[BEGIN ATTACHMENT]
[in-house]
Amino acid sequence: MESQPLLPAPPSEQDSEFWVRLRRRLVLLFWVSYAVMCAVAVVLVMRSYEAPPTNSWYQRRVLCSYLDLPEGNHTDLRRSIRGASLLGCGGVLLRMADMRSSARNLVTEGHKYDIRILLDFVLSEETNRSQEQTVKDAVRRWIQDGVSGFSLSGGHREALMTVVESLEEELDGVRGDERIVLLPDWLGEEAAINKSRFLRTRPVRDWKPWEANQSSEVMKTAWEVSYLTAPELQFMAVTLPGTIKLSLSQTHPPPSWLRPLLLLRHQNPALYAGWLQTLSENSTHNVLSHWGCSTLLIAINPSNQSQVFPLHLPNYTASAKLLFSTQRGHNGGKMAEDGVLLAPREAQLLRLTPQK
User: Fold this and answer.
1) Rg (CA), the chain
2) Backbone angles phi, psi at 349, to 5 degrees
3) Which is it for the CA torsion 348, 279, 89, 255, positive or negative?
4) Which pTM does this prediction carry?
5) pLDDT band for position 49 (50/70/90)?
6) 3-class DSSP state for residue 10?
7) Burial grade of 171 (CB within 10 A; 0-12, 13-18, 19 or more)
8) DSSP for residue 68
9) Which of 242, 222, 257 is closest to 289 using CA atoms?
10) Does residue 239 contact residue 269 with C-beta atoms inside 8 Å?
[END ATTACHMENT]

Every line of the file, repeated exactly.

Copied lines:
[in-house]
Amino acid sequence: MESQPLLPAPPSEQDSEFWVRLRRRLVLLFWVSYAVMCAVAVVLVMRSYEAPPTNSWYQRRVLCSYLDLPEGNHTDLRRSIRGASLLGCGGVLLRMADMRSSARNLVTEGHKYDIRILLDFVLSEETNRSQEQTVKDAVRRWIQDGVSGFSLSGGHREALMTVVESLEEELDGVRGDERIVLLPDWLGEEAAINKSRFLRTRPVRDWKPWEANQSSEVMKTAWEVSYLTAPELQFMAVTLPGTIKLSLSQTHPPPSWLRPLLLLRHQNPALYAGWLQTLSENSTHNVLSHWGCSTLLIAINPSNQSQVFPLHLPNYTASAKLLFSTQRGHNGGKMAEDGVLLAPREAQLLRLTPQK
User: Fold this and answer.
1) Rg (CA), the chain
2) Backbone angles phi, psi at 349, to 5 degrees
3) Which is it for the CA torsion 348, 279, 89, 255, positive or negative?
4) Which pTM does this prediction carry?
5) pLDDT band for position 49 (50/70/90)?
6) 3-class DSSP state for residue 10?
7) Burial grade of 171 (CB within 10 A; 0-12, 13-18, 19 or more)
8) DSSP for residue 68
9) Which of 242, 222, 257 is closest to 289 using CA atoms?
10) Does residue 239 contact residue 269 with C-beta atoms inside 8 Å?